Listened The 2010s: A Music-Making Evolution And Revolution from NPR

As we near the end of the decade, I want to look at the ways music-making has evolved during the 2010s, both on stage and in the studio.

King Princess
Vince M. Aung
On this edition of All Songs Considered, we begin with the role of computers in live performance. Laptops are often used to playback sounds that can’t easily be created in a live setting. So, I went to the 9:30 club before soundcheck to meet the artist known as King Princess. She grew up around recording gear. Her father, Oliver Strauss is a recording engineer at Mission Sound in Brooklyn, so technology and music-making are second nature to the 21-year old. King Princess sheds light on how musicians take complex sounds from the studio and make them possible in a live setting.

Later, I look at the role of computers in the creative process, both as an effects processor and a compositional tool. One artist who is already making music and stretching the possibilities of Artificial Intelligence is Holly Herndon, who has an AI voice assistant she calls Spawn.

Bob Boilen discusses the place of technology with King Princess in today’s live performances, whether it be playing to a click-track or incorporating pre-recorded sounds. He also talks to Holly Herndon about the use of effects to augment her music, as well as her experiment training an algorithm to create uncanny sounds.
Listened The 2010s: The Rise Of Bandcamp from All Songs Considered

In this episode of All Songs Considered, CEO and co-founder Ethan Diamond says that when an artist succeeds on Bandcamp, Bandcamp succeeds. That philosophy has driven the company since 2008, with over $425 million paid directly to musicians and record labels. Sadie Dupuis says that Bandcamp was instrumental in booking the first tour for her band Speedy Ortiz and that its name-your-price model has not only allowed her some steady income but also an avenue to raise money for causes she cares about.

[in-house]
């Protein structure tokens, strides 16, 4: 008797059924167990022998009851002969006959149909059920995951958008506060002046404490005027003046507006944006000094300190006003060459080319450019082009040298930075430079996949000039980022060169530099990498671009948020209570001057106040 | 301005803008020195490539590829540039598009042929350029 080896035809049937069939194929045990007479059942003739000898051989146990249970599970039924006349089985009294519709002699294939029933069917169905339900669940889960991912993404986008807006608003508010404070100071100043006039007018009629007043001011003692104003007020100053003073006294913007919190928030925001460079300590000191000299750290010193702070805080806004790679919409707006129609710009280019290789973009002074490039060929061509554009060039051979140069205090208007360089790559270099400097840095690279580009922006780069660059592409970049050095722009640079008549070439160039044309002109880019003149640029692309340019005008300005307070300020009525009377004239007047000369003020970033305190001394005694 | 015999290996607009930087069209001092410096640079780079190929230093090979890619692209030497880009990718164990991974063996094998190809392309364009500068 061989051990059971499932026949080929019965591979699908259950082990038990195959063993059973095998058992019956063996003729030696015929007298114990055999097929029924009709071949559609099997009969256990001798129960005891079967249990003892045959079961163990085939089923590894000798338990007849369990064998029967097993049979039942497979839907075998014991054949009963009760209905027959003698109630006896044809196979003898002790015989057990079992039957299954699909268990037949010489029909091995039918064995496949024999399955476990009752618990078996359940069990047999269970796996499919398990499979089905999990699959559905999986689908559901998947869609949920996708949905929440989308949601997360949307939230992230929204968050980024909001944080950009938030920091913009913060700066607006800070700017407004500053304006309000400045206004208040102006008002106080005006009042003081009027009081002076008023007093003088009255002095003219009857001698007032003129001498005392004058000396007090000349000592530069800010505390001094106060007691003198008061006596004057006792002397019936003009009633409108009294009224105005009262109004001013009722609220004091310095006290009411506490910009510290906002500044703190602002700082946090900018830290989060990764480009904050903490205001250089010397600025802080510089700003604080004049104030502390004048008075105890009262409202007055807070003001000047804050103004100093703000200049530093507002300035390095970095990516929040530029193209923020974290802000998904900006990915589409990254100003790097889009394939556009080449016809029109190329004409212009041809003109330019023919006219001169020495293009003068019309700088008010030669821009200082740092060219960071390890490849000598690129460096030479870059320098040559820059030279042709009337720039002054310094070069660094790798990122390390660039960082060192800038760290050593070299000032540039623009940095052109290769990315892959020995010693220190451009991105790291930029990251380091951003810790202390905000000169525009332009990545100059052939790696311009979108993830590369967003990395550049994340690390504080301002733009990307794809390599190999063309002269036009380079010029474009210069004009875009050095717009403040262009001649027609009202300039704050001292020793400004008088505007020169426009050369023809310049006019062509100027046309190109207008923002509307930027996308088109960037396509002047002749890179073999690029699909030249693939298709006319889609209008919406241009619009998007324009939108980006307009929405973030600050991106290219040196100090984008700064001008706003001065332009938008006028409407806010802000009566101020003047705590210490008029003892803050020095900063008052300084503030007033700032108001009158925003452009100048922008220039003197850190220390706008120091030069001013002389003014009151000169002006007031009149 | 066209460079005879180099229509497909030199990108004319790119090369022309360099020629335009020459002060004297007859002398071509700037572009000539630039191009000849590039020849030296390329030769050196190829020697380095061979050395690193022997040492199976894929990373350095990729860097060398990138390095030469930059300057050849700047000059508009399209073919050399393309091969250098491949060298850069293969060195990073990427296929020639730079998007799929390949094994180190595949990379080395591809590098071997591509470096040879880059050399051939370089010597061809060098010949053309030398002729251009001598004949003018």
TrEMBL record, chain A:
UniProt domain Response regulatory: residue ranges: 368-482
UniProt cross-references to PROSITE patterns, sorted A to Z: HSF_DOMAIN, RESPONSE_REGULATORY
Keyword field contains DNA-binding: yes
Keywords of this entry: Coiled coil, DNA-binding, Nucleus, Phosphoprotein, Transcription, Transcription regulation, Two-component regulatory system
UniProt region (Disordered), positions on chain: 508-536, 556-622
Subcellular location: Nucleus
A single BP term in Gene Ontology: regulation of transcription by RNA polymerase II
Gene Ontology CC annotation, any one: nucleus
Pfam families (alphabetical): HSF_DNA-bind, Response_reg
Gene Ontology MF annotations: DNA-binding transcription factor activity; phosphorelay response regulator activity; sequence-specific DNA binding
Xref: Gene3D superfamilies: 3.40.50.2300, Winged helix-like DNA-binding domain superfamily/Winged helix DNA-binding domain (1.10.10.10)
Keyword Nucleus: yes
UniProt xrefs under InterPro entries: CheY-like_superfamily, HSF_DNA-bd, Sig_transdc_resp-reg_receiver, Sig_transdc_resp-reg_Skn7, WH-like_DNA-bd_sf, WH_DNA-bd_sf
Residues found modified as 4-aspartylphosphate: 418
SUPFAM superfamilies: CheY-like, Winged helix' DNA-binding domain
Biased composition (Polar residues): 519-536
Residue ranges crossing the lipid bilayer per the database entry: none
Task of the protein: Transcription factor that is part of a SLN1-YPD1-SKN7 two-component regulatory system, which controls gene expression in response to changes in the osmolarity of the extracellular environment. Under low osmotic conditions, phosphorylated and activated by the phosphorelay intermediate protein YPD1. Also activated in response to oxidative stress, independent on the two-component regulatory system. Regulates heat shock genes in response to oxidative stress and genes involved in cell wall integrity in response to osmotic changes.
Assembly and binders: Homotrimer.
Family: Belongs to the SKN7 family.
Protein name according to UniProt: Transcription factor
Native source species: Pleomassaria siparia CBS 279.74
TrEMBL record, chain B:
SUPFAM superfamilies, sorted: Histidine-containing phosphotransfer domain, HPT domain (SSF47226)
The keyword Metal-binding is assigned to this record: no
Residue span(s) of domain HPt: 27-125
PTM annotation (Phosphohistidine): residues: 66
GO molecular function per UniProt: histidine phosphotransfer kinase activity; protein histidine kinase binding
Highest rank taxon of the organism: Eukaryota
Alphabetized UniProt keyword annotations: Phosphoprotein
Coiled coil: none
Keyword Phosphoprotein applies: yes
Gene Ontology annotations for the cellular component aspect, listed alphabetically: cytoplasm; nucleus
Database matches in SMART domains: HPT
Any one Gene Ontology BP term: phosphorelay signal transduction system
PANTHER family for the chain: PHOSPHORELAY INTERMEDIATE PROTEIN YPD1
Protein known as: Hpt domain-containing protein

Listened The 2010s: Queer Goes Mainstream from All Songs Considered

On this episode of All Songs Considered, we look back on the way queer issues moved towards the center of the conversation during the 2010s. We talk about how decades of activism led up to this moment and how social media has helped foster safe spaces and access to information for young people across spectrums of gender and sexuality. We also discuss how LGBTQ musicians are helping reimagine pop sounds β€” from openly expressing queer desire to cyborgian shapeshifting β€” and question what the future of “mainstreaming” might hold for queer communities. — Marissa Lorusso

Listened The 2010s: The Globalization Of Music from All Songs Considered

On this episode of All Songs Considered, host Robin Hilton is joined by NPR Music’s Anastasia Tsioulcas and Stephen Thompson, along with reporter, host of NPR’s Future You and founding bureau chief for NPR in Seoul, South Korea Elise Hu as they talk about the ways we’re hearing globalization in music, why it’s happening and some of the complications and questions around this evolution.

It is so easy to consume music these days that it can be easy to forget how significant it was to come upon ‘world music’ in the past. This past is something that Philip Glass highlights in his memoir.